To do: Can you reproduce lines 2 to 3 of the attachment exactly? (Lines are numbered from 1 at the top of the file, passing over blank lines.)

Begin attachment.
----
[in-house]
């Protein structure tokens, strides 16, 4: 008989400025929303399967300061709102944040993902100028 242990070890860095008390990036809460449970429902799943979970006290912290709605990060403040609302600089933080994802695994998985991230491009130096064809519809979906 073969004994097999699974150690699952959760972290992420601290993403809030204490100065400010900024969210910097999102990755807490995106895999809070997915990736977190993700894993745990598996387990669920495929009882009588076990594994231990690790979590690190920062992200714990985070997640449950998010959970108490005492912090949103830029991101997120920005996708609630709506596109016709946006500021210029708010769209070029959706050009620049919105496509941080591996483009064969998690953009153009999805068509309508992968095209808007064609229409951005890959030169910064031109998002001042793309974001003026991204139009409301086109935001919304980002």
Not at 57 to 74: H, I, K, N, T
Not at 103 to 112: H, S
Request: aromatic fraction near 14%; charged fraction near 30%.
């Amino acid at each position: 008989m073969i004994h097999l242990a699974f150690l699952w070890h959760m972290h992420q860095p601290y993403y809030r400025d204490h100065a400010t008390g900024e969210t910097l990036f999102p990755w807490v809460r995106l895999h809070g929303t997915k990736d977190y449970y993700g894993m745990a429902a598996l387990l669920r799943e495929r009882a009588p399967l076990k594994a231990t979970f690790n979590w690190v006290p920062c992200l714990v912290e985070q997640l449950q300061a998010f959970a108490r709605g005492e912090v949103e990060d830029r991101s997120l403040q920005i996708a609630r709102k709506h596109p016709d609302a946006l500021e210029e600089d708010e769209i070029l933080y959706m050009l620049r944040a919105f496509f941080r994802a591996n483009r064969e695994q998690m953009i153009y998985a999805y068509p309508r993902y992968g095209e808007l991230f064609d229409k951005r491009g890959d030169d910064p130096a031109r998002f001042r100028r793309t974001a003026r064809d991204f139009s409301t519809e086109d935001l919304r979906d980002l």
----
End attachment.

């Protein structure tokens, strides 16, 4: 008989400025929303399967300061709102944040993902100028 242990070890860095008390990036809460449970429902799943979970006290912290709605990060403040609302600089933080994802695994998985991230491009130096064809519809979906 073969004994097999699974150690699952959760972290992420601290993403809030204490100065400010900024969210910097999102990755807490995106895999809070997915990736977190993700894993745990598996387990669920495929009882009588076990594994231990690790979590690190920062992200714990985070997640449950998010959970108490005492912090949103830029991101997120920005996708609630709506596109016709946006500021210029708010769209070029959706050009620049919105496509941080591996483009064969998690953009153009999805068509309508992968095209808007064609229409951005890959030169910064031109998002001042793309974001003026991204139009409301086109935001919304980002």
Not at 57 to 74: H, I, K, N, T